6th July 2011 PRESS RELEASE
St Catherine’s Celebrates Hospice-Led Research
St Catherine’s Hospice, Preston, will be celebrating the work of the first network of ‘research active hospices’ in the UK with a special event on September 15th 2011; Hospice Research: Achievements, Challenges and the Future.
To book your place or for more information call 01772 629171 or email firstname.lastname@example.org . Early bird rate is £60 before 31st July 2011, £90 from 1st August 2011.
The programme will highlight a variety of leading Hospice research projects as well as taking a look at how Hospices, Universities and Research Networks can work together in the future to ensure that an ever growing population of palliative care patients has the same access to research as other NHS patients.
Three North West Hospices with funding support from the Lancashire and Cumbria Comprehensive Local Research Network set up and ran a number of clinical studies which covered a diverse range of symptoms, including breathlessness and pain in its many guises. Additionally, two of the Hospices took part in a study looking at prognostic indicators for cancer patients. Historically, Hospices have been overlooked when it comes to research due to the complexities of setting up clinical studies in a non-NHS setting. The conference will explore how the research teams at St Catherine’s, St John’s and Trinity Hospices in the North West were able to overcome these barriers through an innovative partnership and by building relations with their local NHS R&D departments.
St Catherine’s Hospice Medical Director and Consultant in Palliative Medicine, Alison Parr says “Hospice patients, their carers and the staff who care for them deserve the same access to participation in research studies as is available in other specialities and settings. Participation may prove therapeutic in it’s own right for some patients, providing them with a sense of worth at a time when they are often becoming less able to participate in other activities, as well as opening up opportunities for interventions which they may otherwise not have access to, but which might improve quality of life. The studies presented at the conference clearly demonstrate the value of research in a Hospice setting.”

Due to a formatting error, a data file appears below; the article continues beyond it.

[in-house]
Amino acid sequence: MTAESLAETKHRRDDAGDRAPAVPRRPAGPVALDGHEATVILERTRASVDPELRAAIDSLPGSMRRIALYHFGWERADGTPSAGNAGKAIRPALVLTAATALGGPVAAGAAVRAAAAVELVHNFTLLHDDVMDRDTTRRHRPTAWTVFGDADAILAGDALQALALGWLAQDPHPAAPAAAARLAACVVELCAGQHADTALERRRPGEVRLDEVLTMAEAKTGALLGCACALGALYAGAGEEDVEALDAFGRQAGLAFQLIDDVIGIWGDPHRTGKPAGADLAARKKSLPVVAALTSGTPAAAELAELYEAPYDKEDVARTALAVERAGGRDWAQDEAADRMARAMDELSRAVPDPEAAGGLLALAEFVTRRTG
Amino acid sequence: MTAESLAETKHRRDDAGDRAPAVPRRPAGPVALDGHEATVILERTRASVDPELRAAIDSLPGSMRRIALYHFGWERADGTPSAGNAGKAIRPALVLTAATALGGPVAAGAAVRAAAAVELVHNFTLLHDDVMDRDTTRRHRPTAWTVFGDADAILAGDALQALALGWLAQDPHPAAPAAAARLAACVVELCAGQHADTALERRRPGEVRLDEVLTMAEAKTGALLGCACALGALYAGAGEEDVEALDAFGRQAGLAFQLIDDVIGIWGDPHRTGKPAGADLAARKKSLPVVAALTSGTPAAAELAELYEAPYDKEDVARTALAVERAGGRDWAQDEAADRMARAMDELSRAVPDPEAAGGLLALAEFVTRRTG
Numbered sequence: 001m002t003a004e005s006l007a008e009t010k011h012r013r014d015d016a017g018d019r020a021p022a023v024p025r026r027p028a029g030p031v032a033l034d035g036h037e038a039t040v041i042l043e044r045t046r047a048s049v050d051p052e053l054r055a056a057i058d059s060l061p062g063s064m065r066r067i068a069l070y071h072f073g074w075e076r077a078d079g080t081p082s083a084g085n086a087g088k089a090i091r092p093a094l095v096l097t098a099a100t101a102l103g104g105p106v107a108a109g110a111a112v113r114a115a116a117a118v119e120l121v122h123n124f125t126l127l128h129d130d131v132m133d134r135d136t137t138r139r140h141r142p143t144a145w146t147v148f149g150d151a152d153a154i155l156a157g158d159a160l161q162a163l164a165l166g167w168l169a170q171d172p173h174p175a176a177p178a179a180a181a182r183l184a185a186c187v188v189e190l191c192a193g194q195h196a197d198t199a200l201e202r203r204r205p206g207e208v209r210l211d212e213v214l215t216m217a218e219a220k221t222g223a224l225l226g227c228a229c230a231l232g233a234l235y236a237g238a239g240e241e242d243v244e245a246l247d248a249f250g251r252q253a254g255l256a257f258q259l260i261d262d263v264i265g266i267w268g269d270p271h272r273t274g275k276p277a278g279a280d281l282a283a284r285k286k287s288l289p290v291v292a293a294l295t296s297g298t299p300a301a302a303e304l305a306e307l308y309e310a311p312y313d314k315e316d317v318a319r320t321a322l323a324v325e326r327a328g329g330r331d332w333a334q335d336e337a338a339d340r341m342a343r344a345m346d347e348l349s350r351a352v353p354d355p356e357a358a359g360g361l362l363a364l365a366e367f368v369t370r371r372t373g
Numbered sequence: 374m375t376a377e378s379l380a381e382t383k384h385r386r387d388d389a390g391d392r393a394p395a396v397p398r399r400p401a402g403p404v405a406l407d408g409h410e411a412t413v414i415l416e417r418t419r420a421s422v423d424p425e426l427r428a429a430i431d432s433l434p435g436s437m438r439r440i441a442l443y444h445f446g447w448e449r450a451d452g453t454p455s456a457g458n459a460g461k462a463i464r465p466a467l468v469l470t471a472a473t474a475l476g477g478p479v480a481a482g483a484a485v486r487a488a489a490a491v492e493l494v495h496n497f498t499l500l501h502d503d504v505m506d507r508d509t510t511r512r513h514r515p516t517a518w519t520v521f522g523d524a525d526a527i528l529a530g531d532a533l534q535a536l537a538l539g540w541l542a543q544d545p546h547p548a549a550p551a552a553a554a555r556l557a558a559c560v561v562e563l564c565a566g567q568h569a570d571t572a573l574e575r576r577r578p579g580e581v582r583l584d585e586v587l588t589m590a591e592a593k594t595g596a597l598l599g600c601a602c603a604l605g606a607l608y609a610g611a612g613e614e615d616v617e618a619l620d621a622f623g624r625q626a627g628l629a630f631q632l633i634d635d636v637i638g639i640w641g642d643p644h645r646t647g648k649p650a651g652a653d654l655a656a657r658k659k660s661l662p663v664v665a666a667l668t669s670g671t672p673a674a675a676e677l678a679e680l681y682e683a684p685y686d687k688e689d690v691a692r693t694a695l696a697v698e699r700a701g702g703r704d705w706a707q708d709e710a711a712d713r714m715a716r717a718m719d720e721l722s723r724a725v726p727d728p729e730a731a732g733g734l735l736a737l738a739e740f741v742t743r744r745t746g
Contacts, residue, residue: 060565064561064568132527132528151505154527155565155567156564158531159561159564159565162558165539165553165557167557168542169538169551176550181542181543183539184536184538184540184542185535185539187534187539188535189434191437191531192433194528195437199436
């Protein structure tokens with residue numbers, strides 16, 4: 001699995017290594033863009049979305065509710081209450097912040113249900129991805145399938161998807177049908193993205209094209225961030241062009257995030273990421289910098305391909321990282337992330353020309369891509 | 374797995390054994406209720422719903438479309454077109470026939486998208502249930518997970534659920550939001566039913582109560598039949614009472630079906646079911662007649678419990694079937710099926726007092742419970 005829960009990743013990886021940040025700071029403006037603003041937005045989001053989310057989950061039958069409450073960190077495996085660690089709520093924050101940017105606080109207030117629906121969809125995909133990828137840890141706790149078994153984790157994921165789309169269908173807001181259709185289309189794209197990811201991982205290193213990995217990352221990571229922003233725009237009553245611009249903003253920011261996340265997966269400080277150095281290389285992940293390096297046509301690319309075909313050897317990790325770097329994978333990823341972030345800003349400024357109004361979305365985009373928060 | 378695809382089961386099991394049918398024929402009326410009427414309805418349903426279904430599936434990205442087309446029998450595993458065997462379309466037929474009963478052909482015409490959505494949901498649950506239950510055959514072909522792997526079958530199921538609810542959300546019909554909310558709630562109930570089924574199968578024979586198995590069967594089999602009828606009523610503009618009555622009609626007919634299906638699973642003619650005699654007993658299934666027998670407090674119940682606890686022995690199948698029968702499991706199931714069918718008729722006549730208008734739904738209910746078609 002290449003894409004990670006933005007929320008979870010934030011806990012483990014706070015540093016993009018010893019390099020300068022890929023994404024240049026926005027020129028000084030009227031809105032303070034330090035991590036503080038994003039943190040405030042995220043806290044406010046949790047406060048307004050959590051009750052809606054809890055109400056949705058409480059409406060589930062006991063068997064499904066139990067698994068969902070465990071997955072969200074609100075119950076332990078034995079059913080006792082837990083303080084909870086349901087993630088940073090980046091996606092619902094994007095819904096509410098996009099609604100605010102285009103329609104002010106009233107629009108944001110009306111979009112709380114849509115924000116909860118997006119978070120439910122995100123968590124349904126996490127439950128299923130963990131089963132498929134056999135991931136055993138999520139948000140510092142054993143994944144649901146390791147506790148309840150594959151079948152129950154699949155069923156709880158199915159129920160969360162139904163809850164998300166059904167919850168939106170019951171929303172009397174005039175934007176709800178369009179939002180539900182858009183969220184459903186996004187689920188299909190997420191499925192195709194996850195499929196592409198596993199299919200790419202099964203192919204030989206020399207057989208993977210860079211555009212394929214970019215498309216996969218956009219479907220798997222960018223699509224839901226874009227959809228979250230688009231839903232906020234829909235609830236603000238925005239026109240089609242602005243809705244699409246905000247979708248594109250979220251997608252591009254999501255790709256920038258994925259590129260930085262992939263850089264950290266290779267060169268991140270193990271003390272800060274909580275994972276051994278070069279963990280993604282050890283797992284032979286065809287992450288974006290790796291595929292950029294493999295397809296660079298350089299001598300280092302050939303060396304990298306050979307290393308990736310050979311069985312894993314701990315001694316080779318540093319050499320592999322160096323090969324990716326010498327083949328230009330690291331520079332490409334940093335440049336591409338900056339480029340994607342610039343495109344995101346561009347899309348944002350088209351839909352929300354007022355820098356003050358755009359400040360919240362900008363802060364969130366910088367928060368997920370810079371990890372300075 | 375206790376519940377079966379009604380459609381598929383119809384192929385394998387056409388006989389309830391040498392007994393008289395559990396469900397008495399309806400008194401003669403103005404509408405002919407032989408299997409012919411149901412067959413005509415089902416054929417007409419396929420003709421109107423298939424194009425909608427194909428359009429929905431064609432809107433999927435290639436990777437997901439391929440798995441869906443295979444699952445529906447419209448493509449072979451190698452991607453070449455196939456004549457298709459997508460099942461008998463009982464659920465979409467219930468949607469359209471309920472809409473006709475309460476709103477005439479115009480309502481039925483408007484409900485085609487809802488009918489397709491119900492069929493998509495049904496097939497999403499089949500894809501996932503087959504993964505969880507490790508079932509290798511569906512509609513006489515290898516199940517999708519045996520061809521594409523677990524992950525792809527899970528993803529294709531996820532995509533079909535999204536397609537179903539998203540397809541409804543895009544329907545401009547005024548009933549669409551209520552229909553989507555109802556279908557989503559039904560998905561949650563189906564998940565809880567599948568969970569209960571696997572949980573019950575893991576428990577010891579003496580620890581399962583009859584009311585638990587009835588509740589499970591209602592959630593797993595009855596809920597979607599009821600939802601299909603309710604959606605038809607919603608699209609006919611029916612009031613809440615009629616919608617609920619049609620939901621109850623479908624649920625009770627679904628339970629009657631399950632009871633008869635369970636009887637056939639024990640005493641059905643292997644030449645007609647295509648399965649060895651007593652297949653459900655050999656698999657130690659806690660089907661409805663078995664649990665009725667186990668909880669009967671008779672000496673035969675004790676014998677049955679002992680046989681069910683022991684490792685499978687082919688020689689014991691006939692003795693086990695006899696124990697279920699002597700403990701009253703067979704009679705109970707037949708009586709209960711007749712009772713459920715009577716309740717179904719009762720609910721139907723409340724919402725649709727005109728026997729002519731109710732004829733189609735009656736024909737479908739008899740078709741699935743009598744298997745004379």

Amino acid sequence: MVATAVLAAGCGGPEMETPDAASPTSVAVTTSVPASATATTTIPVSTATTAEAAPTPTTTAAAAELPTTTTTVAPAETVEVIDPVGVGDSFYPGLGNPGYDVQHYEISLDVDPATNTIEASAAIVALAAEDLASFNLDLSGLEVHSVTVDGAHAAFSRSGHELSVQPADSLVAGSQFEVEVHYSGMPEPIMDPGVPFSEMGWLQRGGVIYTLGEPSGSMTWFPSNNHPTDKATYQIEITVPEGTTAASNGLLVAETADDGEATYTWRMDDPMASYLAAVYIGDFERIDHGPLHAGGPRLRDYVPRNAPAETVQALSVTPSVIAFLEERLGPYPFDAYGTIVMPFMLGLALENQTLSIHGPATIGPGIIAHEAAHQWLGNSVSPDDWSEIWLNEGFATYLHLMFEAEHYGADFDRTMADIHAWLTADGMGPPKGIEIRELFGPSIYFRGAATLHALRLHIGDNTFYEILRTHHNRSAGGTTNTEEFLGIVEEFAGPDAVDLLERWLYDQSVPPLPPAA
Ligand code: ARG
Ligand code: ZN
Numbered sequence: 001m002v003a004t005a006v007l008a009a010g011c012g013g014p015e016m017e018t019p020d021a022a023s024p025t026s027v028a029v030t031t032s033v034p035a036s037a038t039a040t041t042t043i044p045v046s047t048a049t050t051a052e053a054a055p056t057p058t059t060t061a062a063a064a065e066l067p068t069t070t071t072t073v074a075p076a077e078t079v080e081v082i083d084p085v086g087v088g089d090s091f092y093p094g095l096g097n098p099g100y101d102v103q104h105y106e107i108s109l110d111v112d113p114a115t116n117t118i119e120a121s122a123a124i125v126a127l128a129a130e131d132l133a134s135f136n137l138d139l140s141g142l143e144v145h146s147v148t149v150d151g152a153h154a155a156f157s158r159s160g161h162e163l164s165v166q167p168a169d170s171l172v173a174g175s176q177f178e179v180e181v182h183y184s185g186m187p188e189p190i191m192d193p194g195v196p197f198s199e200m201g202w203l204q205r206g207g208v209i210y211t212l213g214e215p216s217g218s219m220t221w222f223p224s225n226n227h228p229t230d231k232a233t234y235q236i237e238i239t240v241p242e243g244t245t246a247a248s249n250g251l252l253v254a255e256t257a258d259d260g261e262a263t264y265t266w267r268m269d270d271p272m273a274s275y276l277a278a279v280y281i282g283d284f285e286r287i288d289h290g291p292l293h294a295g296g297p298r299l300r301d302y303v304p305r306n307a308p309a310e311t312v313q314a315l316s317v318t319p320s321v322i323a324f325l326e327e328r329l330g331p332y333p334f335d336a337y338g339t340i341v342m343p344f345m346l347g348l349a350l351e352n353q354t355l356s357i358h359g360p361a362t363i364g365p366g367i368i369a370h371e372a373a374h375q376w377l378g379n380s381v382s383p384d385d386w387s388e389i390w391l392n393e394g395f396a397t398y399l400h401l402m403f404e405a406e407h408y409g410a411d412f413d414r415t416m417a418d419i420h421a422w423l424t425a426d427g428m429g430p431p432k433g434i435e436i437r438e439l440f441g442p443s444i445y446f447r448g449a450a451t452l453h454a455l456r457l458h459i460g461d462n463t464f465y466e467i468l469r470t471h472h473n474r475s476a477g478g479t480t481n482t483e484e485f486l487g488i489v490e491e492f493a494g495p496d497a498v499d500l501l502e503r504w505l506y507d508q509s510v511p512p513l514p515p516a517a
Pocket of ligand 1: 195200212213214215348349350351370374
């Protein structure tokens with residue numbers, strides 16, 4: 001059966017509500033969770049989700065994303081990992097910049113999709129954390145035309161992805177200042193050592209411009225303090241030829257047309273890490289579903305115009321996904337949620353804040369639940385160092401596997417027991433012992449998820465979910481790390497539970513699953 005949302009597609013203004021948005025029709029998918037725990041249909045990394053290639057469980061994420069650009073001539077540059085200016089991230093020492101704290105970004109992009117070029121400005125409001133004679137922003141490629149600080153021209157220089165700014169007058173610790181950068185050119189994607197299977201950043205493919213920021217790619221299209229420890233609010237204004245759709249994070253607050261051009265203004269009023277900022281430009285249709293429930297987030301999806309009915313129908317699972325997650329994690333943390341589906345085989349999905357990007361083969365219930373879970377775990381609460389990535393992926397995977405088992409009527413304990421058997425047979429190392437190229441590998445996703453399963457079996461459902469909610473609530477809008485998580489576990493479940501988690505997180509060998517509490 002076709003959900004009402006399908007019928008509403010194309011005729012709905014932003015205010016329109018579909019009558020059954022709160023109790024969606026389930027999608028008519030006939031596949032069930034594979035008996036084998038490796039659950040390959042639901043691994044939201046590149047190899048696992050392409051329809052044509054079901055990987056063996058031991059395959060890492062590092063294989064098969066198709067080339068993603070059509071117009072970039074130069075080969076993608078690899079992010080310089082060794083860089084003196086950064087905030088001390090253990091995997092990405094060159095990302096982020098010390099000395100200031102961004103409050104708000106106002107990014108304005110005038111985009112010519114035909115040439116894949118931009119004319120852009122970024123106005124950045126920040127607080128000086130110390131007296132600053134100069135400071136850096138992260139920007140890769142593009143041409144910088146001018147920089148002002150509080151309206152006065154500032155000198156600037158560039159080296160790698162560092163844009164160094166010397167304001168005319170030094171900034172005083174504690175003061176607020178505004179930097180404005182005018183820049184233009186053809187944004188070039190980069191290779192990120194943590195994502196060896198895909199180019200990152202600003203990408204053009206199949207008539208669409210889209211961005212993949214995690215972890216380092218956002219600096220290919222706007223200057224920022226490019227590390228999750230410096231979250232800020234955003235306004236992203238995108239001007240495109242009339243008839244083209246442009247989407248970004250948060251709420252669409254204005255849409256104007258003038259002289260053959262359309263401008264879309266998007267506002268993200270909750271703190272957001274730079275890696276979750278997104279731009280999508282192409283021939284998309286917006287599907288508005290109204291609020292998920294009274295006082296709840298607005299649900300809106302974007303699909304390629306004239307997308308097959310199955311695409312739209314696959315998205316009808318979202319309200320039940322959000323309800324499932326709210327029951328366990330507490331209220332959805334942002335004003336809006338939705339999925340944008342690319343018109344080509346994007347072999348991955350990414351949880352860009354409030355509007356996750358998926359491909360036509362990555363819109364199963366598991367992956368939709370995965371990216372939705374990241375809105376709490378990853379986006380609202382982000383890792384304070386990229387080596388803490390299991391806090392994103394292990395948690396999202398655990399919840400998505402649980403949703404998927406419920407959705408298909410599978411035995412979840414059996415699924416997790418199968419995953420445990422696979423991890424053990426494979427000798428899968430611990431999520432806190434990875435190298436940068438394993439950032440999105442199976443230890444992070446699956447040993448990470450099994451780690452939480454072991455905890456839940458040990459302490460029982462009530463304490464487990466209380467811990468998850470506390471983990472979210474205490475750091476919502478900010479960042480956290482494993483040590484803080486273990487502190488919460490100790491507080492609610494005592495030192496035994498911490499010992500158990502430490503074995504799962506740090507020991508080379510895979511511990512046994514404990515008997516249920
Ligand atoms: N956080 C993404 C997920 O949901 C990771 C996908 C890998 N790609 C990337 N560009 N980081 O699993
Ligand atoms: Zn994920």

The conference programme will include studies looking at the use of blood transfusions in palliative care, the barriers to implementing a home death from a family perspective and patient/carers’ views of quality palliative and supportive district nursing care. SPR in Palliative Medicine, Claire Capewell, will present the results of her feasibility study looking at the use of a DVD based educational intervention for palliative care patients with cancer pain. A recent systematic review demonstrated cancer pain prevalence of up to 75% in advanced disease and that almost one in two patients are under treated. Moreover, previous studies have shown that patients rate concerns about the use of strong opioid analgesia as the most important barrier to good pain control, followed by fear of adverse effects. Poorer attitudes and knowledge are associated with a reluctance to commence opioids, reduced medication adherence and higher pain intensity. There is a clear need for a brief, cost-effective educational intervention that can result in significant benefits in a short period of time. This study demonstrated that a DVD based educational intervention was acceptable to palliative care patients and suggested that this type of approach may be of benefit to them.
Finally, the conference will take a look at how universities and networks can build lasting links with Hospices to ensure high quality research in palliative care continues.
St Catherine’s Hospice www.stcatherines.co.uk
St Catherine’s Hospice has been treating patients for over 25 years and primarily serves the area of Chorley, Longridge, Preston and South Ribble.
St Catherine’s Hospice is a leader in End Of Life and Palliative Care – this means that we aim to improve the quality of life of people with life limiting conditions. Palliative Care is a form of medical treatment that reduces the severity of disease-related symptoms but it does not halt, delay or reverse the progression of the disease or provide a cure.
It costs over £4.6 million per year to run the hospice and just 28% of that is funded by the NHS.
Income is generated through:
High profile events such as Symphony At The Tower, Yellow Day and The Moonlight Walk
Our eleven shops across the region
Large raffles such as the Hospice Car
In memory and general donations
Gifts in wills (these funded 1 in 5 of our patients last year)
Lynn Kelly 01772 629171